The Power Of Small Numbers
by Hugh Hewitt, nationally-syndicated radio host and executive editor of TownHall.com
A veteran of nearly six years in the Reagan administration, Hugh Hewitt is an esteemed law professor, a best-selling author, an Emmy-award-winning television producer, and the host of a daily radio program heard in 120 major markets nationwide. He is recognized as a leading authority on Constitutional Law and has addressed several classes of the ADF Blackstone Legal Fellowship – including this year’s (photo above). Here, he shares his perspective on one of the most important efforts of the Alliance Defense Fund.
Small groups of people can accomplish extraordinary things – for good, not-so-good, or bad.
America’s Framers were not large in number, though their handiwork has endured for 232 years. And FDR’s New Dealers were relatively small in number, but the changes they imposed on the U.S. were massive and far-reaching. Civil rights litigators advanced the genuine agenda of the 14th Amendment, but some of them have also worked to distort that Amendment’s meaning beyond recognition.
"This [Blackstone Legal] Fellowship opens the hearts of many students to the possibility that the law, too, is a holy calling."
Small numbers of lawyers, too, can accomplish extraordinary things, which is why the Alliance Defense Fund’s Blackstone Legal Fellowship program is so important to the future of the country.
The Fellowship combines a few swift weeks of concentrated “classroom” work in Phoenix with a few more weeks of intense but practical experience in the ADF organization and under the guidance of allied conservative legal organizations across the country and, indeed, around the globe. the goal is to train up another relatively small but effective-far-beyond-their-numbers group of lawyers, ready to defend the intentions of the Framers against those who believe in different approaches to the law, achieving their goals.
In June, I was privileged to speak to these first-year Christian law students about the dangers facing religious liberty in our nation today. I met many of them personally, and learned firsthand the impact this remarkable program is having on their personal and professional goals. I came away convinced that I’d just seen tangible hope for the future of our country: young men and women whose skill, intellect, and Christian commitment will soon transform the courtrooms and law offices of America.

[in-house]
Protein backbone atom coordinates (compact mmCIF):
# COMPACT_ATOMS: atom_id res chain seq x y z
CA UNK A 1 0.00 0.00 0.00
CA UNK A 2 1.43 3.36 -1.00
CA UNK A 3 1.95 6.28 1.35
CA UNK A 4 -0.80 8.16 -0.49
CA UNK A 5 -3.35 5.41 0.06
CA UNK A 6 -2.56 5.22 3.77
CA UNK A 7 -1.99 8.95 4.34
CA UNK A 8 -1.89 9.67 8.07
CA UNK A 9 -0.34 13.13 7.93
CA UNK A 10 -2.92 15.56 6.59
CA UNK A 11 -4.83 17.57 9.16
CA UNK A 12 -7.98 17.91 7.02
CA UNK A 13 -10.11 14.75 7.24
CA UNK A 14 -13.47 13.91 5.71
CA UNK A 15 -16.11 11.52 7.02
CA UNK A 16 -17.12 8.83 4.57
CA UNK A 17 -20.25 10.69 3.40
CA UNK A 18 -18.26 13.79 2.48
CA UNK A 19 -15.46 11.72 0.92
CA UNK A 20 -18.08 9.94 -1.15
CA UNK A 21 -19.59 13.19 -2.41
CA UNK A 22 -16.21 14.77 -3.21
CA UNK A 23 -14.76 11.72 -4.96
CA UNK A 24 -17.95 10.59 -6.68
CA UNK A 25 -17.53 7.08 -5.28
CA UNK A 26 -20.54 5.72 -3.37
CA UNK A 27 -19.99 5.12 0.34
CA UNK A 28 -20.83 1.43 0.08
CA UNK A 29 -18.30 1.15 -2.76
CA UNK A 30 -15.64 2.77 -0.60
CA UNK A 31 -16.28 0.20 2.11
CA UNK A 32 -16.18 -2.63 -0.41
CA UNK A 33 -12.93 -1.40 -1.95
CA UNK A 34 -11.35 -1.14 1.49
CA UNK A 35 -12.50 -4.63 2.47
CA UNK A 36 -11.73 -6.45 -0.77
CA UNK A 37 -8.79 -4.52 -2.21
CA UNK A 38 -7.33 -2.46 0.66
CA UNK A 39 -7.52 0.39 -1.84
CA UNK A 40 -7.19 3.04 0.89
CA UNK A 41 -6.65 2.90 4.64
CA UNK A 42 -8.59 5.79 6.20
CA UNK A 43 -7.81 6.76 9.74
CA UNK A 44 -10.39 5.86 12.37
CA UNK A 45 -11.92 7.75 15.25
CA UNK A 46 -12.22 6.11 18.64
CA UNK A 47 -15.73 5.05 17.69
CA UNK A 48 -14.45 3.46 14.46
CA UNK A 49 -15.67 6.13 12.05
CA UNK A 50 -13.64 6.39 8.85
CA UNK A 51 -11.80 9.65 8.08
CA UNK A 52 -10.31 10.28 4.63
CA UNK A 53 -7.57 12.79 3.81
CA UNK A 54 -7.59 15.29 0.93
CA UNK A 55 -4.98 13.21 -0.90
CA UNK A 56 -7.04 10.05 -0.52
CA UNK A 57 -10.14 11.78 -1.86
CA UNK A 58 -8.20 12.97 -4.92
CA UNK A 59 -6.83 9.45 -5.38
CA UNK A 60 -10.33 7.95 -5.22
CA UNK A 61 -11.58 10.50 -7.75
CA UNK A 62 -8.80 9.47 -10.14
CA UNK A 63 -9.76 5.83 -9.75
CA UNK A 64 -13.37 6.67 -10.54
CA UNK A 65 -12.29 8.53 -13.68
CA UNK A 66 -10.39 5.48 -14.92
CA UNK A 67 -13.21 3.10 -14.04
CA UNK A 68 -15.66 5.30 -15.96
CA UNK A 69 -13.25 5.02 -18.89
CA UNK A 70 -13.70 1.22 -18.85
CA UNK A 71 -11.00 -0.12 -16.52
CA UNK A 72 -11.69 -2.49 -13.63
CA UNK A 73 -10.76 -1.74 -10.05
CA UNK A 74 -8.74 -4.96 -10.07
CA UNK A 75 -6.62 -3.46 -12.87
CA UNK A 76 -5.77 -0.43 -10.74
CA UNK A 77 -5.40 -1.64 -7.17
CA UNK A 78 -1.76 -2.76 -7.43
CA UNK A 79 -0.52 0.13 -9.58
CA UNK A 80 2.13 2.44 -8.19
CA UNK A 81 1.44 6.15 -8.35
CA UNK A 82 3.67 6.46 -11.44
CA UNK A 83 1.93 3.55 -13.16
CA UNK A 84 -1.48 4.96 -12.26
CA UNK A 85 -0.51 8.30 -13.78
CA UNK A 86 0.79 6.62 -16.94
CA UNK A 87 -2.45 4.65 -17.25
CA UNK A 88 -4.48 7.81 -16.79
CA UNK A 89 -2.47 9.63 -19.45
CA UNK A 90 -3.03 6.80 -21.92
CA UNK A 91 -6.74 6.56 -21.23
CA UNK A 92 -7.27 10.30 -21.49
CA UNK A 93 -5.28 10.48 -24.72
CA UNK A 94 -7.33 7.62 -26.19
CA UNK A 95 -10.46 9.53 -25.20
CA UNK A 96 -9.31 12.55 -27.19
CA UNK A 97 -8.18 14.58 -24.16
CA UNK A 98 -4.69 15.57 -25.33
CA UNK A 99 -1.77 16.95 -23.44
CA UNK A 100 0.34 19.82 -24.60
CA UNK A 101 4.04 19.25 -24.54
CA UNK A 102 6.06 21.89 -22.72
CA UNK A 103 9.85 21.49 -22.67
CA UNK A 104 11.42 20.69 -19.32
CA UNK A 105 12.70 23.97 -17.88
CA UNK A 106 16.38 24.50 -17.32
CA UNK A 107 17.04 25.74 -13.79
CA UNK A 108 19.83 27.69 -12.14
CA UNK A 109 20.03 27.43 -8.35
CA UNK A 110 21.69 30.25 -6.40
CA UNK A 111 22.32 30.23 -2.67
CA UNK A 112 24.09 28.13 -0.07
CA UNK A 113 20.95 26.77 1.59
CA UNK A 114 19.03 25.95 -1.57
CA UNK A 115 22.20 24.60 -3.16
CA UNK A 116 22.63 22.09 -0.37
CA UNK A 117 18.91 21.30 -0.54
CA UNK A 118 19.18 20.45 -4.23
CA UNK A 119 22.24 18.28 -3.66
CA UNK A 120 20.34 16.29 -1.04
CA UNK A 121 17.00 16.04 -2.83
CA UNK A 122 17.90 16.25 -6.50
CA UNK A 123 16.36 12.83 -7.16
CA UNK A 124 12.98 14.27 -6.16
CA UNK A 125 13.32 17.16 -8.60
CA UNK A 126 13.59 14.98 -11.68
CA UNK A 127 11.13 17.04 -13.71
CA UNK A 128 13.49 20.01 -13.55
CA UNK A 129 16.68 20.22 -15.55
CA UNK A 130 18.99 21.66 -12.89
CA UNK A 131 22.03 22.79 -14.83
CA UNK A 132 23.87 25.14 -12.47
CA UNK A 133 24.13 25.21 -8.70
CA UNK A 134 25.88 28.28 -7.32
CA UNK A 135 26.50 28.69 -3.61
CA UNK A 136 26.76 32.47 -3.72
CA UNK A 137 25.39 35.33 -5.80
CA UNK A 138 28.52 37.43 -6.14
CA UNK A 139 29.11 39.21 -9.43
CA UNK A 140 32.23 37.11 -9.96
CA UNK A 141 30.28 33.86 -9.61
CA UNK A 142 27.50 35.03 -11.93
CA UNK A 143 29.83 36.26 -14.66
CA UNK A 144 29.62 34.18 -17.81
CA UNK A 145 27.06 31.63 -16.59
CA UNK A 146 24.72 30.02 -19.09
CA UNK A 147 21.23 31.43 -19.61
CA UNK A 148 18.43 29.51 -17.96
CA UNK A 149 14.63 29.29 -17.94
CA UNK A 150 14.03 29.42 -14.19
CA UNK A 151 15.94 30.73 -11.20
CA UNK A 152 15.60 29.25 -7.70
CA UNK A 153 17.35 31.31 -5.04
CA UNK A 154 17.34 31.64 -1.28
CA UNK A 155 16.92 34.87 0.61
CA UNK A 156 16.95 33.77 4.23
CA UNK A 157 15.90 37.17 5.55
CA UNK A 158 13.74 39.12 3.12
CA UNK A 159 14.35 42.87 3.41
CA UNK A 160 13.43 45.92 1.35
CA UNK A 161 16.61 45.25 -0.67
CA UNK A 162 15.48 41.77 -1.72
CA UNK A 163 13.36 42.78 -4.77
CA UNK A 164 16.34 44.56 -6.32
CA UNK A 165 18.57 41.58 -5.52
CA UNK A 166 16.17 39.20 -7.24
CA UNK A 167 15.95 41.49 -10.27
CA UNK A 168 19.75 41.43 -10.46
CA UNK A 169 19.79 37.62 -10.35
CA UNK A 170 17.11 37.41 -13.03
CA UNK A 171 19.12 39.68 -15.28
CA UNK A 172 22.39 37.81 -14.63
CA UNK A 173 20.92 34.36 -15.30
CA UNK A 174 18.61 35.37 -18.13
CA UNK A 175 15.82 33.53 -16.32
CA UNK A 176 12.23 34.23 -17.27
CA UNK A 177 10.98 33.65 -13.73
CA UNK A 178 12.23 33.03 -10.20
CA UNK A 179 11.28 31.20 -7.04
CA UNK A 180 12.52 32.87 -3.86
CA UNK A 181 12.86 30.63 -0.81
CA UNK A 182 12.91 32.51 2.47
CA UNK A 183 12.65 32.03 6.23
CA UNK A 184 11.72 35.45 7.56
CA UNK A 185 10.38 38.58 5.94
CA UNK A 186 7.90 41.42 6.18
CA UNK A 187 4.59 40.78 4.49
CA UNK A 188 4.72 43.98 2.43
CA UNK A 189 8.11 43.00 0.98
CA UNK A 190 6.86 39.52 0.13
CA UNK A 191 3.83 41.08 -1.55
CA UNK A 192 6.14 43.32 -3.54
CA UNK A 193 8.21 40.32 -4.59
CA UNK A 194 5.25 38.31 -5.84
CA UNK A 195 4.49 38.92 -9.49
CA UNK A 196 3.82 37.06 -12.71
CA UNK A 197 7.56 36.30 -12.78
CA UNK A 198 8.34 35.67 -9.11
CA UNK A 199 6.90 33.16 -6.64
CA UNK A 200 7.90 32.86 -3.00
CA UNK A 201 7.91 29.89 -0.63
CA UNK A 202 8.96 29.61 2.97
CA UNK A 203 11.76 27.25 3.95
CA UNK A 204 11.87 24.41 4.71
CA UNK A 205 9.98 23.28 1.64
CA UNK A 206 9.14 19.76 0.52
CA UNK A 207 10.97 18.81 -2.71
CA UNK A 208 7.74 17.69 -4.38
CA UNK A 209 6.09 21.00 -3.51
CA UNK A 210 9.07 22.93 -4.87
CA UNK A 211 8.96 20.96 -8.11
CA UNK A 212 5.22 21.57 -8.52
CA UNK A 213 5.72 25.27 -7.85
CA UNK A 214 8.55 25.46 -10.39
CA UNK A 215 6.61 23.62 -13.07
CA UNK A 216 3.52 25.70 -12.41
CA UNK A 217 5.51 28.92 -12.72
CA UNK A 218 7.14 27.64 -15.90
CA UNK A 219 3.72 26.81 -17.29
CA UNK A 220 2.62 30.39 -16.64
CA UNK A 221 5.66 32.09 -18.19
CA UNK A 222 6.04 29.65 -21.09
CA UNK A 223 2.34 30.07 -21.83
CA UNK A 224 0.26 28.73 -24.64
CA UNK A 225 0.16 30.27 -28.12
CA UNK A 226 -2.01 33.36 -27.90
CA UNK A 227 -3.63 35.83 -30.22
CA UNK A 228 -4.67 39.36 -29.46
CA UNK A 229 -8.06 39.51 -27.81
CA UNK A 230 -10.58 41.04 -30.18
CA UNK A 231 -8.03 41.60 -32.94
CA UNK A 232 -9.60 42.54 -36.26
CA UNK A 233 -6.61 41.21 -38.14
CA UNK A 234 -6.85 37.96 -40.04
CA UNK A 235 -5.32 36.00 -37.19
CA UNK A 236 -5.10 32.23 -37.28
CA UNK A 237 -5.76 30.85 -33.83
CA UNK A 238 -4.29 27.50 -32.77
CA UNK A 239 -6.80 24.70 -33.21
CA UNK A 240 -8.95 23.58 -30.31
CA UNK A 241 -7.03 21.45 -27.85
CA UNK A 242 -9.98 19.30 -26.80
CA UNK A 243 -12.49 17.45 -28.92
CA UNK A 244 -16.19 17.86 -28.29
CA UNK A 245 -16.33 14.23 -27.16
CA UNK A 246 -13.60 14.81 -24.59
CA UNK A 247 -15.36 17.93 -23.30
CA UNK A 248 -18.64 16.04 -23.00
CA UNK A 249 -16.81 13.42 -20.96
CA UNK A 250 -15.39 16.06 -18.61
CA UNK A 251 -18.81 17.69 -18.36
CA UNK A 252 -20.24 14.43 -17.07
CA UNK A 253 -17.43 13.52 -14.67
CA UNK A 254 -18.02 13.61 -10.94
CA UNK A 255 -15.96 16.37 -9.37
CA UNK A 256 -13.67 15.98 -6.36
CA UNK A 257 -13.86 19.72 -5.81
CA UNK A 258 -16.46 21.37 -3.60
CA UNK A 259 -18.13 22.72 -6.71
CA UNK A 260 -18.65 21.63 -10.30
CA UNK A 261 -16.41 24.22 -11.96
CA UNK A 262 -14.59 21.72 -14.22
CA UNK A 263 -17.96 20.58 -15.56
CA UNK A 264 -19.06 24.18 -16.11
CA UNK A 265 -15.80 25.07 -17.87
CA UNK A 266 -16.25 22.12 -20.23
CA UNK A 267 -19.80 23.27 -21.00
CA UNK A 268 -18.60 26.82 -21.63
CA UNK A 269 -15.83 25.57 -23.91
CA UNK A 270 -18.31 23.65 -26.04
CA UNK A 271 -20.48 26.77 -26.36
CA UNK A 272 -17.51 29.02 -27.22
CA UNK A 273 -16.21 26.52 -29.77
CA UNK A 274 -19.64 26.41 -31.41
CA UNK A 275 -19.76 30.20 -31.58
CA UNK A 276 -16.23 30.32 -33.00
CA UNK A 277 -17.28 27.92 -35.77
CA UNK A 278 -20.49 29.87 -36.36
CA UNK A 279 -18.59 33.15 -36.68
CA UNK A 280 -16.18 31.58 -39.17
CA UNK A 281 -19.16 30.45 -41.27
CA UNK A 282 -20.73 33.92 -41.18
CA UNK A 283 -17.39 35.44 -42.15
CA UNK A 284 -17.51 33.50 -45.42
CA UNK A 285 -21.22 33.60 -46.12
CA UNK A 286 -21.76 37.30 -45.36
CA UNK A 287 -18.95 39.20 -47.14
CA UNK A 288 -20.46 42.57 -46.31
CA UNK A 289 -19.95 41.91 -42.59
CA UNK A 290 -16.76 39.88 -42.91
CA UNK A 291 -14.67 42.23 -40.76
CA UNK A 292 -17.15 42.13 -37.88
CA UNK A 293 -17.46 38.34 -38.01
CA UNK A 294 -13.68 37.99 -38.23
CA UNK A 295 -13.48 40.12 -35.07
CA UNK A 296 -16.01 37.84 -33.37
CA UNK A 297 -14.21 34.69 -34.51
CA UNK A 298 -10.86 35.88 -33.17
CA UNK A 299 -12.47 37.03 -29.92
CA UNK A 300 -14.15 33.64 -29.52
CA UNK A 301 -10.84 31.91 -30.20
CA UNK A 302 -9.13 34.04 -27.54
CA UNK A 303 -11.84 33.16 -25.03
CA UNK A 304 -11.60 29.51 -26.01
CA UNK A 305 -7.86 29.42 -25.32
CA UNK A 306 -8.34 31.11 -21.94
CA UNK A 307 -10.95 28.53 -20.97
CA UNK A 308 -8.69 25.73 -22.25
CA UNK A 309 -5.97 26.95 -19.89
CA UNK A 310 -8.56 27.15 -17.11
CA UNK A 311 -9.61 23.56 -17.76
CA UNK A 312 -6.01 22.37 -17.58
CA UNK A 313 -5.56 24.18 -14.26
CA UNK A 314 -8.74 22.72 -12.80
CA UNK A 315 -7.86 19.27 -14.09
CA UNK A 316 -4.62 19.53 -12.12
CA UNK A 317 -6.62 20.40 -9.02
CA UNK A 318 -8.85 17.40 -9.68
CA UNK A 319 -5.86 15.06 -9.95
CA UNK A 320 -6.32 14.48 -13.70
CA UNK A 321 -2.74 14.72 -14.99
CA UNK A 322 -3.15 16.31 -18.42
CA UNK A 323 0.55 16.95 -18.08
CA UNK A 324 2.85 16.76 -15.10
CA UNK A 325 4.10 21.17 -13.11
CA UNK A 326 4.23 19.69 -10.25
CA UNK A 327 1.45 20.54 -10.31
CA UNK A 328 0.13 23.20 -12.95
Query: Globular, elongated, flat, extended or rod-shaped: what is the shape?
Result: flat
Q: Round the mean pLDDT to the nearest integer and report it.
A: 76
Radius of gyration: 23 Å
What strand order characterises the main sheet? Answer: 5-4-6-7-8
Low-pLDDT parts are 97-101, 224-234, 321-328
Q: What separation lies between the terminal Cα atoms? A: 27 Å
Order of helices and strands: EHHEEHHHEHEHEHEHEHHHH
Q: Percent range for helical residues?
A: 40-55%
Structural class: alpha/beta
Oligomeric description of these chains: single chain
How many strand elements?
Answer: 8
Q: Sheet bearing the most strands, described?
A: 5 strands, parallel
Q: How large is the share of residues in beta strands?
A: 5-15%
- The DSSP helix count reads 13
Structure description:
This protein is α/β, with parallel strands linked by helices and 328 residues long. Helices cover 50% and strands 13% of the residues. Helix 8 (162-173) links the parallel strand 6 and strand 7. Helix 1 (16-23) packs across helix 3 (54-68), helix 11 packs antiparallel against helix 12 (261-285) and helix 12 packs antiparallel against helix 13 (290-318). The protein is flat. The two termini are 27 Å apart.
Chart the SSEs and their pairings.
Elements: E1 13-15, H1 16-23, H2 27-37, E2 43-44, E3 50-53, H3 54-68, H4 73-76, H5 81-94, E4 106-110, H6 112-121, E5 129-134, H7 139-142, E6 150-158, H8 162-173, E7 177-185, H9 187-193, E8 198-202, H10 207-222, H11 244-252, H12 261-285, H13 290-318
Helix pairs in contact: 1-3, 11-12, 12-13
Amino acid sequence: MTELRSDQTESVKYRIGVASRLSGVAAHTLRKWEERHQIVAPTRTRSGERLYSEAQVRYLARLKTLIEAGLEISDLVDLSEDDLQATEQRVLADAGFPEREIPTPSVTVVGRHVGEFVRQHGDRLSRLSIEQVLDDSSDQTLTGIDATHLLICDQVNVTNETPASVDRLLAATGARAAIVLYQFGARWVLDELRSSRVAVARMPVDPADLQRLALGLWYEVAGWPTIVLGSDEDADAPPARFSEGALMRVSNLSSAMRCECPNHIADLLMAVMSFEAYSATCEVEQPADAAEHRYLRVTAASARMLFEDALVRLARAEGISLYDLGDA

Like the 600 graduates of the eight previous Blackstone programs, this year’s students came away with insights that are indispensable to any young lawyer seeking to defend Christian principles in our deeply compromised culture. Among them:
A thorough, thoughtful understanding of the Constitution.
You may think that's a given for every law student – but it isn’t. In truth, students can graduate law school these days without studying the Constitution at all … much less coming to a comprehension of the document as it was conceived by the Founding Fathers.
An accurate knowledge of history.
Experts like David Barton of WallBuilders expose the radical academic revisionism that has, in many cases, robbed American history of its solid Christian underpinnings and blurred the crucial connections the Founding Fathers made between biblical morality and the legal foundations of our Republic.
A profound appreciation for religious liberty.
Again, you might think an understanding of the essential freedom that brought so many to this country in the first place – and that continues to set America apart from virtually every other nation – would be required study in law school.
But in fact, it’s through the Blackstone Legal Fellowship that many of these law students come to their first real appreciation of how critical this freedom is to all the others … and how profoundly religious liberty is threatened by decisions being made in our courtrooms today.
A sense of spiritual calling.
When you hear of a call to service, most people think of the “ministry,” i.e., preachers, pastors, chaplains, and the like. But this Fellowship opens the hearts of many students to the possibility that the law, too, is a holy calling … and a profession particularly suited to selfless service and courageously communicating the Truth.
This training also incorporates times of meaningful worship and gives biblical context
for the law, while field internships give the students an up-close view of the difference a committed Christian lawyer can make in this contentious, litigious society that, more and more, is taking dead aim at any public expression of Christian religious faith.
All of these are resources the Alliance Defense Fund is uniquely equipped to provide –
and by providing them, ADF is sowing the seeds of tomorrow … inspiring and grounding these future lawyers, judges, and professors who will shape the laws that shape the country our children and grandchildren will live in.
I have seen the future of the American legal system, and believe it or not … it looks a like a lively crowd of young law students, praying, laughing, and learning in the sweltering Arizona sun. Can you think of a better place to prepare for the heat of the legal battles yet to come?